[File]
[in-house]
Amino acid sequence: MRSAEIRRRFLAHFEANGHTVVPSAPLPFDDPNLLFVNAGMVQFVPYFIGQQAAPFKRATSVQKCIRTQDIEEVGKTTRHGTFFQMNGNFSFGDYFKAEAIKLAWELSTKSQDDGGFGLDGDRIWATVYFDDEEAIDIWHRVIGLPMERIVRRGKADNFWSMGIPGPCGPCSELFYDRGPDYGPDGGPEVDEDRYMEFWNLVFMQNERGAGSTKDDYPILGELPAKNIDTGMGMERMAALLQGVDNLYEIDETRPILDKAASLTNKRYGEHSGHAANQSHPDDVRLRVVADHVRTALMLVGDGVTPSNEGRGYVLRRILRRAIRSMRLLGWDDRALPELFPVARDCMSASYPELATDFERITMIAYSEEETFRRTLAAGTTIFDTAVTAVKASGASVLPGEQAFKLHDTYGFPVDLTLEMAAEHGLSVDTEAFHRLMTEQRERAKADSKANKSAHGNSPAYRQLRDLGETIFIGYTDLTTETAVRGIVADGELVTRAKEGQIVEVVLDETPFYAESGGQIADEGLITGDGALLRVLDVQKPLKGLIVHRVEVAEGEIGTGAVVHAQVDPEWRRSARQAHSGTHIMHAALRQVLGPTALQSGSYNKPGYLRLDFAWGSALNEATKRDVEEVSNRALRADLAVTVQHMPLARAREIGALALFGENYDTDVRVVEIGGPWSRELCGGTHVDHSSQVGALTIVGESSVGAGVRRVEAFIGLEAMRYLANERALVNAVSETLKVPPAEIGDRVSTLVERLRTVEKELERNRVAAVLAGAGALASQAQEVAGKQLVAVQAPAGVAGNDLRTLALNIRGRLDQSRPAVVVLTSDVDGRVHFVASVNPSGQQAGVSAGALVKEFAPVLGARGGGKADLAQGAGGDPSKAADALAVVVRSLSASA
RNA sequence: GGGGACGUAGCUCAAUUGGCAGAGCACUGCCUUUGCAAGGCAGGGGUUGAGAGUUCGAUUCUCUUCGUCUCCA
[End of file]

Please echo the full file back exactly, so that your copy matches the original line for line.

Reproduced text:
[in-house]
Amino acid sequence: MRSAEIRRRFLAHFEANGHTVVPSAPLPFDDPNLLFVNAGMVQFVPYFIGQQAAPFKRATSVQKCIRTQDIEEVGKTTRHGTFFQMNGNFSFGDYFKAEAIKLAWELSTKSQDDGGFGLDGDRIWATVYFDDEEAIDIWHRVIGLPMERIVRRGKADNFWSMGIPGPCGPCSELFYDRGPDYGPDGGPEVDEDRYMEFWNLVFMQNERGAGSTKDDYPILGELPAKNIDTGMGMERMAALLQGVDNLYEIDETRPILDKAASLTNKRYGEHSGHAANQSHPDDVRLRVVADHVRTALMLVGDGVTPSNEGRGYVLRRILRRAIRSMRLLGWDDRALPELFPVARDCMSASYPELATDFERITMIAYSEEETFRRTLAAGTTIFDTAVTAVKASGASVLPGEQAFKLHDTYGFPVDLTLEMAAEHGLSVDTEAFHRLMTEQRERAKADSKANKSAHGNSPAYRQLRDLGETIFIGYTDLTTETAVRGIVADGELVTRAKEGQIVEVVLDETPFYAESGGQIADEGLITGDGALLRVLDVQKPLKGLIVHRVEVAEGEIGTGAVVHAQVDPEWRRSARQAHSGTHIMHAALRQVLGPTALQSGSYNKPGYLRLDFAWGSALNEATKRDVEEVSNRALRADLAVTVQHMPLARAREIGALALFGENYDTDVRVVEIGGPWSRELCGGTHVDHSSQVGALTIVGESSVGAGVRRVEAFIGLEAMRYLANERALVNAVSETLKVPPAEIGDRVSTLVERLRTVEKELERNRVAAVLAGAGALASQAQEVAGKQLVAVQAPAGVAGNDLRTLALNIRGRLDQSRPAVVVLTSDVDGRVHFVASVNPSGQQAGVSAGALVKEFAPVLGARGGGKADLAQGAGGDPSKAADALAVVVRSLSASA
RNA sequence: GGGGACGUAGCUCAAUUGGCAGAGCACUGCCUUUGCAAGGCAGGGGUUGAGAGUUCGAUUCUCUUCGUCUCCA